The first thing I want you to do is pray. Pray every way you know how, for everyone you know. Pray especially for rulers and their governments to rule well so we can be quietly about our business of living simply, in humble contemplation. This is the way our Savior God wants us to live. (1 Timothy 2:1-2, The Message version)

We must pray for President Trump, regardless of our agreement, disagreement or indifference toward his policies and character. Every President needs our prayers, and God commands them from us with the promise of the well-being of the church.

  1. As President Obama said on social media last night, we must honor the peaceful transition of power.

We’ve had divisive elections before. At election’s end, it’s time to remember we are all Americans. Be civil on social media. Be respectful of all viewpoints, and stay engaged, not just in presidential elections, but in self-governing at all levels.

  1. The best way to move forward is to listen and seek to understand.

Especially in the wake of this election, feelings are raw. People on both sides felt that if the other candidate won, not just the election but also the country would be lost. We need to realize how deep the wounds are. Don’t gloat. Don’t rub salt in the wounds. Christians can exemplify this if we heed God’s word:

Do nothing from selfish ambition or conceit, but in humility count others more significant than yourselves. Let each of you look not only to his own interests, but also to the interests of others. (Philippians 2:3-4)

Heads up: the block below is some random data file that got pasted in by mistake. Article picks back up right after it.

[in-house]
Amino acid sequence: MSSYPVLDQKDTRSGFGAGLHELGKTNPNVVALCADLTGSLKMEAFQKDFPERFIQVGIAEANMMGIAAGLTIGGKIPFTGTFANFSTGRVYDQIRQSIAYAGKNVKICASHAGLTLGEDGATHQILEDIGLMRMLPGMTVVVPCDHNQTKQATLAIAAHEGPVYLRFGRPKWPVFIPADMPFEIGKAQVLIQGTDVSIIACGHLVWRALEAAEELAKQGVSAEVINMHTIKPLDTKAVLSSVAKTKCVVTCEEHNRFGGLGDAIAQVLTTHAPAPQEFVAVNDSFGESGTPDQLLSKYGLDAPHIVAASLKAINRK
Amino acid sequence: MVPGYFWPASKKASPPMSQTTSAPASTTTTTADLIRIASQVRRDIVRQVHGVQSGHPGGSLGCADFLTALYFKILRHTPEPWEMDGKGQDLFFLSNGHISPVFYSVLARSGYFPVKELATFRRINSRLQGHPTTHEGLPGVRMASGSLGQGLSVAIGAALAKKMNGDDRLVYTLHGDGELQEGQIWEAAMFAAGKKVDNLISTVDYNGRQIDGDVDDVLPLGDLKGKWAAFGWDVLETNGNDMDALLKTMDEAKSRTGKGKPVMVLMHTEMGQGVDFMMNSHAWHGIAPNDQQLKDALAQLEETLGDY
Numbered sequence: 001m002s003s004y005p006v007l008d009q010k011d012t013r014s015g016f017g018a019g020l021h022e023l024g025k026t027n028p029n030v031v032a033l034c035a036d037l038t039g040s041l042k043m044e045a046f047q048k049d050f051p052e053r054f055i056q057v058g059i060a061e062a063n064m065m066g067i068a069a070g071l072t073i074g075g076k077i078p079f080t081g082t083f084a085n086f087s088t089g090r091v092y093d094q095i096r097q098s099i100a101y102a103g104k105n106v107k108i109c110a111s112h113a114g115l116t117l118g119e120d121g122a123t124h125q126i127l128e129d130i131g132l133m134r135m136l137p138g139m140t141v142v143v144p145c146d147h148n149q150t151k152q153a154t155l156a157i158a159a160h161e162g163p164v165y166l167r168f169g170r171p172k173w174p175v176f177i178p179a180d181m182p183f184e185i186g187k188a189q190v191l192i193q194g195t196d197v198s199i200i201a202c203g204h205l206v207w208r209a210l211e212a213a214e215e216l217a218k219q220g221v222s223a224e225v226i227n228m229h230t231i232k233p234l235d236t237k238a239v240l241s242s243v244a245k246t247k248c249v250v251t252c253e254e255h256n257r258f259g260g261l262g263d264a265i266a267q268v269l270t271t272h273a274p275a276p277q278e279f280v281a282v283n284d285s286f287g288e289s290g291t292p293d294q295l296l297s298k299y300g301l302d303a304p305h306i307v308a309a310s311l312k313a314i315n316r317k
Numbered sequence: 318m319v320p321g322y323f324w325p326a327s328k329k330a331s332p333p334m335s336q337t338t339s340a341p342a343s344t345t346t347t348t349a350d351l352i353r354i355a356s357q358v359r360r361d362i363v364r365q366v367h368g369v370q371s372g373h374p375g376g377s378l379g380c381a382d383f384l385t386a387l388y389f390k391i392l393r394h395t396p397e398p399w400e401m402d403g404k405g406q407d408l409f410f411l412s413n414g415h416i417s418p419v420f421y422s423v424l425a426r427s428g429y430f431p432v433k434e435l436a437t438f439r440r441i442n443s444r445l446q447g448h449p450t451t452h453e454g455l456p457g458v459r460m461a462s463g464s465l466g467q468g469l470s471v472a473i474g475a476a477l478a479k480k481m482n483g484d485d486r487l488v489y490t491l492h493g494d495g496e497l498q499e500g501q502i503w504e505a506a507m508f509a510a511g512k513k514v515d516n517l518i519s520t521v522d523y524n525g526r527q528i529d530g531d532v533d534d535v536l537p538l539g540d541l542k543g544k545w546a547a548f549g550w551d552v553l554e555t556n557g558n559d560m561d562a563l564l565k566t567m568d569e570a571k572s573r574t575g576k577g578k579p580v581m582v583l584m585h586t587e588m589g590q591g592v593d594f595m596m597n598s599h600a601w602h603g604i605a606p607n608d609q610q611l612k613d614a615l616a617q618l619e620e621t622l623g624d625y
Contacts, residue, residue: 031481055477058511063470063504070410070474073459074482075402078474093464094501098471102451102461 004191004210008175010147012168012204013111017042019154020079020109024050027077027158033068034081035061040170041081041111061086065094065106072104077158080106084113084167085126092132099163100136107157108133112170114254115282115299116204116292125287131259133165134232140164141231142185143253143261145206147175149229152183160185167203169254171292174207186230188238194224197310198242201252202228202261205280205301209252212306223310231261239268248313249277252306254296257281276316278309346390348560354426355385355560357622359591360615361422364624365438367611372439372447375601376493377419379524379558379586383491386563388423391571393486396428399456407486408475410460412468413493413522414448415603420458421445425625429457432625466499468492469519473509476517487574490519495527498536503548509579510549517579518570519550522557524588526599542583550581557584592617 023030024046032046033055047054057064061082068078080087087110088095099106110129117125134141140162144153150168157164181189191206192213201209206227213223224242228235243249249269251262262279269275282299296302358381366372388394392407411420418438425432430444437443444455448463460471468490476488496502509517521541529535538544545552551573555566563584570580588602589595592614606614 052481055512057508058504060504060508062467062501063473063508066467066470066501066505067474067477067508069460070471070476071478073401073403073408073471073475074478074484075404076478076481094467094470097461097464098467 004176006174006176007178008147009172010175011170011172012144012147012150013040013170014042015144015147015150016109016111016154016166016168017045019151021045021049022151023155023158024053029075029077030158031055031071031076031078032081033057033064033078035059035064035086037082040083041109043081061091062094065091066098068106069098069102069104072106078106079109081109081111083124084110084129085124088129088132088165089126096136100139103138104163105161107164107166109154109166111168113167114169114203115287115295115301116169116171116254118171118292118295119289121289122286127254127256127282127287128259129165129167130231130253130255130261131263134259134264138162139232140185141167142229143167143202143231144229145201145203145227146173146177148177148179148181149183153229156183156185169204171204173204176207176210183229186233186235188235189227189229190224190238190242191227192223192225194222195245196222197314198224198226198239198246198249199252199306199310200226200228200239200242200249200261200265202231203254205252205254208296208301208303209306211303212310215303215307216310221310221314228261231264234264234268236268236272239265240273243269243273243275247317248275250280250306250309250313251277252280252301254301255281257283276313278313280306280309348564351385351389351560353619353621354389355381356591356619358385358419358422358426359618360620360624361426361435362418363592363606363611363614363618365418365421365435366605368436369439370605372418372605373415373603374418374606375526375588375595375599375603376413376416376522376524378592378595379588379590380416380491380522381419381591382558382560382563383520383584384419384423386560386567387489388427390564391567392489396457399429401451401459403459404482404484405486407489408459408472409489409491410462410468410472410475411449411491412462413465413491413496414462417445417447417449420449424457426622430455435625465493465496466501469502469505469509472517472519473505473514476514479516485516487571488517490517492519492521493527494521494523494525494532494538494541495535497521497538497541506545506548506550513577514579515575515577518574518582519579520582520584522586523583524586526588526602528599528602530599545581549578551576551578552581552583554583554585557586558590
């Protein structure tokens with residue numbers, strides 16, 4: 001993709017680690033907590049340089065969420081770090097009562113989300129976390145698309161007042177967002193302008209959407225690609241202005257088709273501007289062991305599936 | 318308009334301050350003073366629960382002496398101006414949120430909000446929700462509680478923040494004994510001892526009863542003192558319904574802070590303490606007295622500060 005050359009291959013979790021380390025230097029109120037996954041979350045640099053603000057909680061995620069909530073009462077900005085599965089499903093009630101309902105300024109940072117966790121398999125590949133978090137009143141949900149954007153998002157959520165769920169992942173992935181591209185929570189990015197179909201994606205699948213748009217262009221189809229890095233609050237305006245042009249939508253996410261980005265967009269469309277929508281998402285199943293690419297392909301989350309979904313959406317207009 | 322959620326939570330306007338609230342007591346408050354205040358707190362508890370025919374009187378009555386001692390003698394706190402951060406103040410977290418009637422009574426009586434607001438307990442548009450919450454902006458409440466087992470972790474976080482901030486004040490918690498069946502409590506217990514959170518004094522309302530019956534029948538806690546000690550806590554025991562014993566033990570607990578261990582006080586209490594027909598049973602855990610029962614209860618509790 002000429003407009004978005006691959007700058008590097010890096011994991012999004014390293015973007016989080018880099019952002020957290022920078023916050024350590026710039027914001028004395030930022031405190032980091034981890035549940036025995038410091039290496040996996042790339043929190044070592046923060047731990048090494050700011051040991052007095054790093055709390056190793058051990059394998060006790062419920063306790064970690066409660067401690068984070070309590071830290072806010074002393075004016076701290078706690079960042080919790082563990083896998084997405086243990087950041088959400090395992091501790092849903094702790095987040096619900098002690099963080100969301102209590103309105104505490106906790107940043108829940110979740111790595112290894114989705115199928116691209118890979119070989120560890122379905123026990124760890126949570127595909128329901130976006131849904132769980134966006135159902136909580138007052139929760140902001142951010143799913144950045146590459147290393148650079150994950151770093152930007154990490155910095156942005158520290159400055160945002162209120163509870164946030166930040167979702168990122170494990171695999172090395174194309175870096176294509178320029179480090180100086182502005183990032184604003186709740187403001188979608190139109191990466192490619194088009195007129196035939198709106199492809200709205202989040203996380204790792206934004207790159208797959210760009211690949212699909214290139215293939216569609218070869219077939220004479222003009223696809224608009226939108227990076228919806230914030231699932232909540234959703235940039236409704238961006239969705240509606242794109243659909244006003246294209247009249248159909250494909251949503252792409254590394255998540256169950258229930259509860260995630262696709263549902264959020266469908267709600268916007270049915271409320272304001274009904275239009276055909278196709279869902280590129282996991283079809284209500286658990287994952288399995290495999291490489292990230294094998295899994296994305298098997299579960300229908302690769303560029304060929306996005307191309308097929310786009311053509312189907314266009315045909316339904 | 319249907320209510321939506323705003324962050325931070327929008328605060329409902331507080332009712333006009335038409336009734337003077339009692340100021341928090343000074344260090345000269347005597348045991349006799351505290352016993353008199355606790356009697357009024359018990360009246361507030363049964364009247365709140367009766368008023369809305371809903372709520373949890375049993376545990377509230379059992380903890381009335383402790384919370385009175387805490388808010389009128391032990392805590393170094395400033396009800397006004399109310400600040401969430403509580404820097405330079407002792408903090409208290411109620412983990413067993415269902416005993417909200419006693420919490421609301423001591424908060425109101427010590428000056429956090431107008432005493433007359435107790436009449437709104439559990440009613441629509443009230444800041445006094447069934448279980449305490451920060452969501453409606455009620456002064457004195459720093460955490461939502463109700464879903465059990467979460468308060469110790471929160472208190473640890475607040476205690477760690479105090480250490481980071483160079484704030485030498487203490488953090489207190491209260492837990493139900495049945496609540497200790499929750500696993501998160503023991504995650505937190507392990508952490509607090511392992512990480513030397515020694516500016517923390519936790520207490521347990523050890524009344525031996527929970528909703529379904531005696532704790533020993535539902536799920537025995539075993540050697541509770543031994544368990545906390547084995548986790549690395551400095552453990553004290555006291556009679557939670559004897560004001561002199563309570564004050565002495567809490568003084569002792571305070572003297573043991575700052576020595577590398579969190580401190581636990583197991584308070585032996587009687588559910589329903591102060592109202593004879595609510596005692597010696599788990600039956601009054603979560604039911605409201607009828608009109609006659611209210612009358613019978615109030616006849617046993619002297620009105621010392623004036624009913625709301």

1. No matter how the media caricatures it, Christians did not all vote the same.

Writing in Premiere Christianity, British evangelical Sam Hailes had encouraging words for us prior to the election. He began, “Dear America, I love your country. And I am praying for you today.” He went on to list several reasons we should be encouraged, including the reminder that good Christians will sometimes disagree about our choice of the best person to run the country:

In order to maintain any kind of Christian unity following today, it is vital to admit (even if it’s hard to do so) that God-fearing Christians are voting in all directions. It’s long been taken for granted in the UK that good Christians will vote for different parties. And it’s helped us all stay sane and avoid shouting matches.